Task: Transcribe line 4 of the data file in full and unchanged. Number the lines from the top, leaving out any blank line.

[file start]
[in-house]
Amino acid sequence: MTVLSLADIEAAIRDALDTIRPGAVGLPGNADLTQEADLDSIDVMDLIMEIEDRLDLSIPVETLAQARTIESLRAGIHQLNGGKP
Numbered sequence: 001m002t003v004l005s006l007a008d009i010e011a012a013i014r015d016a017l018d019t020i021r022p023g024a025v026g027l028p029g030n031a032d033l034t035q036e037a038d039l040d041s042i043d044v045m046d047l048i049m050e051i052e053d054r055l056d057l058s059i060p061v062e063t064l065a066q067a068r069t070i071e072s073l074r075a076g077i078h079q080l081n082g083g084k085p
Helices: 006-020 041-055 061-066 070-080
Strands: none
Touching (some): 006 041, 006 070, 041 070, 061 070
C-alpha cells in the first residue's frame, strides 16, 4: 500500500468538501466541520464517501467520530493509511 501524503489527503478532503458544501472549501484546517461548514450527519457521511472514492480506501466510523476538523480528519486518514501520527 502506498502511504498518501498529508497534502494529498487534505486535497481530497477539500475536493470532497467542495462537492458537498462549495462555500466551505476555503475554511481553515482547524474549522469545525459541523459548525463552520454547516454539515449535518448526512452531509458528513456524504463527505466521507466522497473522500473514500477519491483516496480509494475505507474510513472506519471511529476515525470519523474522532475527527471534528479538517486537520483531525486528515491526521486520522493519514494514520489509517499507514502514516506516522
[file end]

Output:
Helices: 006-020 041-055 061-066 070-080